- Poster presentation
- Open Access
Is there value beyond safety in CMR imaging of PM/AICD patients?
© Biederman et al; licensee BioMed Central Ltd. 2015
- Published: 3 February 2015
- Final Diagnosis
- Original Diagnosis
- Subsequent Management
- Final Interpretation
- Close Patient
Pacemaker/ AICD imaging is currently clincally performed in the MRI environment. A vigilant team consisting of Cardiologist, EP staff, and technologists with close patient monitoring and supervision has evolved this heretofore risky endeavor into a procedure with established safety if done properly. However, once safety is established, does such add valuable irrefutable information to merit that risk?
We propose that MRI in patients with a PM/AICD is crucial to confirm existing diagnosis while in many instances modifies inital diagnosis and subsequent patient management.
A total of 100 pts were imaged on a GE CV/i Excite 12, 1.5 T (GE, WI): 17 AICD, 10 PM/AICD, 5 single PM lead (1 retained SVC AICD lead fragment), 8 REVO PM and 62 PM. A specific criteria was followed for all the pts undergoing this procedure to determine if final diagnosis provided additional information in pt care. A checklist of 3 questions were gathered and answered folowing final interpretation of the MRI.
1) Does diagnosis change?
2) Does MRI provide additional information to the existing diagnosis?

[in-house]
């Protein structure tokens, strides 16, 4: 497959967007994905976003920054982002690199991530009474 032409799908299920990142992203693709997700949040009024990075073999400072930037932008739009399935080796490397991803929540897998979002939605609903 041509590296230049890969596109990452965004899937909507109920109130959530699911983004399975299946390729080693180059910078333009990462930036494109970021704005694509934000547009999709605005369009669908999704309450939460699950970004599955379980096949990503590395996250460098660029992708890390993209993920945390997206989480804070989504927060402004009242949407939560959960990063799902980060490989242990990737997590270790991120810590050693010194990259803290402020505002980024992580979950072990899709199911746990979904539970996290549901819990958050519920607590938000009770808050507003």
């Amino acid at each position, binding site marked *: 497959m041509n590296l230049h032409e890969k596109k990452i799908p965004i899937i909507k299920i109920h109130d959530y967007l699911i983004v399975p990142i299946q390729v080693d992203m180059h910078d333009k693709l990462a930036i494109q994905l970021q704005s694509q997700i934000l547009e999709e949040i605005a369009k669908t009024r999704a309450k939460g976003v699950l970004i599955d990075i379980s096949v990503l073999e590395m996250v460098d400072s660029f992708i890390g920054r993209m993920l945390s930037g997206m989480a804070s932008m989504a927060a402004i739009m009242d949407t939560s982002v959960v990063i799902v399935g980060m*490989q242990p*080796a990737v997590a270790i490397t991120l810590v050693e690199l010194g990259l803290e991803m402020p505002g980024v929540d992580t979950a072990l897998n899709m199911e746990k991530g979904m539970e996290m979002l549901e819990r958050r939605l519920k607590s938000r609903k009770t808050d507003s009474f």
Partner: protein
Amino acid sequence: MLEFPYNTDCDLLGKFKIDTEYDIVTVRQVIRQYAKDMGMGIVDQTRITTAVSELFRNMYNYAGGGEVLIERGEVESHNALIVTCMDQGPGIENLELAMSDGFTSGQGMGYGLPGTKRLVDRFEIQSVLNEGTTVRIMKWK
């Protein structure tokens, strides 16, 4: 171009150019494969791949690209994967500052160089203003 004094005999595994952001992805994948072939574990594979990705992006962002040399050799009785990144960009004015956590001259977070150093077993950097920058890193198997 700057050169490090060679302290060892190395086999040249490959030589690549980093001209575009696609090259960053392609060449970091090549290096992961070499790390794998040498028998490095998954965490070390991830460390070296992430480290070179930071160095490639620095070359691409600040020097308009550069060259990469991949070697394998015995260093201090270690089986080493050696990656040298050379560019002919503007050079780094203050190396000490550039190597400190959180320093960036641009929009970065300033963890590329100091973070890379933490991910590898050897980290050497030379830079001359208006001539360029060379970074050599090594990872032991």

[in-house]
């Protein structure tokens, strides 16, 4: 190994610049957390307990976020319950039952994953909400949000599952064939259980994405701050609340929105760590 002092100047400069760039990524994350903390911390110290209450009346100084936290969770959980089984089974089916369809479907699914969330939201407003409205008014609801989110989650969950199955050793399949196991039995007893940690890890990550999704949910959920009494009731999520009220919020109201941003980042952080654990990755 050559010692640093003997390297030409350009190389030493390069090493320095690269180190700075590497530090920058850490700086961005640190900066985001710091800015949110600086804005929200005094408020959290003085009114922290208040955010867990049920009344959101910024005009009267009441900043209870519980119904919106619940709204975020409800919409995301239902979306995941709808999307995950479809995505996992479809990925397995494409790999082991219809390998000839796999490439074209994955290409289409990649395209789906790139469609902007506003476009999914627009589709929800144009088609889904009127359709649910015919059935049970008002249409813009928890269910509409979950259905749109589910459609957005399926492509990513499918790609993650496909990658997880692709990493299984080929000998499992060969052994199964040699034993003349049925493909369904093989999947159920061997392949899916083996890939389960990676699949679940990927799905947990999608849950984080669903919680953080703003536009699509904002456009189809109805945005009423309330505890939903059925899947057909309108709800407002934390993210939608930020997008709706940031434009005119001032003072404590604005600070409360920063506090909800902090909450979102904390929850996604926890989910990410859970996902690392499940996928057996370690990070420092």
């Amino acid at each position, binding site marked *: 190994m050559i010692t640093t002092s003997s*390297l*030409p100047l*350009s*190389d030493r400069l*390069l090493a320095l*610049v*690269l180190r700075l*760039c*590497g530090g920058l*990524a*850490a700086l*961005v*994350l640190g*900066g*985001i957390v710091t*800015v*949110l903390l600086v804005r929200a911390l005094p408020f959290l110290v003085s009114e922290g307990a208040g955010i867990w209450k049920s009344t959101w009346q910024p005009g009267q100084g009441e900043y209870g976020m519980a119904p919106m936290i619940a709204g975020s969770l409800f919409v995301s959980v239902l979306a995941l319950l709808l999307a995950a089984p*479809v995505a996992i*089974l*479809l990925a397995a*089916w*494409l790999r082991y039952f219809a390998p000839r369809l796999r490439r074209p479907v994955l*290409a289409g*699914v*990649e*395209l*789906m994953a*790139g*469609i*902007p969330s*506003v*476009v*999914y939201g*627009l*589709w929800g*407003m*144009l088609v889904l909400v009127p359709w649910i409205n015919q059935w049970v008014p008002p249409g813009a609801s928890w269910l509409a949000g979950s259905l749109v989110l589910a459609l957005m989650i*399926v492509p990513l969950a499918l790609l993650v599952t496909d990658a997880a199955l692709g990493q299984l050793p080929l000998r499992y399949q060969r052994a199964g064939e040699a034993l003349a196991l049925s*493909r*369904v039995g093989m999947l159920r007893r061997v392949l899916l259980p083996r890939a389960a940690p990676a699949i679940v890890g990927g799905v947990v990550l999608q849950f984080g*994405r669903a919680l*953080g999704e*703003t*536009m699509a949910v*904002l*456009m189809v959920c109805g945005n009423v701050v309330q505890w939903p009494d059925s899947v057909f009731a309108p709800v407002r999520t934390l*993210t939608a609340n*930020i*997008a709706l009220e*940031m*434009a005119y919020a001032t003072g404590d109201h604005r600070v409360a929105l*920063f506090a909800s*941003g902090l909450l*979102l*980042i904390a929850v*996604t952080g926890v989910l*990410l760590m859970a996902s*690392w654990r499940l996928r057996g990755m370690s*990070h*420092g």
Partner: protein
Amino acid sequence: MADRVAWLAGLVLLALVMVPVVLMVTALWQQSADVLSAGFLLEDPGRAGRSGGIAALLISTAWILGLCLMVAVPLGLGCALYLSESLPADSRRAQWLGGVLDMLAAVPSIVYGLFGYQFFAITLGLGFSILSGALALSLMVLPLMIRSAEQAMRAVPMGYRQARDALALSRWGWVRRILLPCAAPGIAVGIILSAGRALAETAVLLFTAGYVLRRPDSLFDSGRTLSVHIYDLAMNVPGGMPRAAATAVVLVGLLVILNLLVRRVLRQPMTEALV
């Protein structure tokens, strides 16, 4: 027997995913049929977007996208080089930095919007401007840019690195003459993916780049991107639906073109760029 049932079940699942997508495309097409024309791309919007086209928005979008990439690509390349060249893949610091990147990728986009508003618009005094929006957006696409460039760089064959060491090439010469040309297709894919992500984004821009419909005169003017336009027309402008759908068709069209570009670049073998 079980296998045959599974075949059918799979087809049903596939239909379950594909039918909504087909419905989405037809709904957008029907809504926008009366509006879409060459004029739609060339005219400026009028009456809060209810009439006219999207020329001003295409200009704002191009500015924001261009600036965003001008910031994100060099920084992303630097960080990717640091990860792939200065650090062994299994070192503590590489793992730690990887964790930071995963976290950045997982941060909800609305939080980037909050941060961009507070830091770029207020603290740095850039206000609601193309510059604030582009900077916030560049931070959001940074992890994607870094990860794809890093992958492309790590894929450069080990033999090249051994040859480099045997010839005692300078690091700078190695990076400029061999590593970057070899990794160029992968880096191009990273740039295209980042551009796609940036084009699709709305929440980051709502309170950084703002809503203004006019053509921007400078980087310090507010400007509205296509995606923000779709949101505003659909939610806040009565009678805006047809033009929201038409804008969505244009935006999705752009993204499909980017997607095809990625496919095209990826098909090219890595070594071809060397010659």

3) Does patient management change?
If 'yes' was answered to any of the above questions it was considered that MRI scan was of value to final diagnosis.
All pts completed MRI with no adverse events. The PM was interrogated pre/post MRI by EP Lab and reprogrammed under the direction of the Cardiologist. Average scan was 20±55min. Considering the 100 pts imaged: 71 (70%) were neurology cases, 5 muscoskeleton (5%) and 24(23%) were cardiac/vascular cases.
After reviewing the results from the 73 neurology cases and comparing to prior studies (CT, angio, EEG and/or myelogram), 17/71 (24%) showed the MRI not only provided additional information but changed the original diagnosis and in turn their course medical treatment. 37 (53%) provided additional information to the diagnosis. Thus, 54 pts (76%) demonstrated the MRI was of value to the final diagnosis. 17/73 (24%) pts imaged provided no further information but confirmed original diagnosis. Of 5 muscoskeletal 4(80%) provided additional information and 1(20%) changed management. The 24 cardiac cases were compared to prior studies (Cath, TEE, TTE and stress) and in 5 (21%) the MRI provided additional information to change the original diagnosis and subsequent management. Finally, 18 (75%) provided extra information while 1(4%) confirmed the original diagnosis. In essence, 96% of the cardiac population benefited by having an MRI.
The use of PM/AICD imaging in MRI remains controversial but with a cautious cardiac team increased confidence in its use is found. Herein, we show that MRI procedures on carefully selected patients with pacemakers/AICD's are beneficial and substantially add valuable irrefutable information to patient diagnosis and management. We propose that not only are Pacemakers/AICD's no longer forbidden in the MRI environment but they can be markedly effective with life-altering and life-saving consequences.
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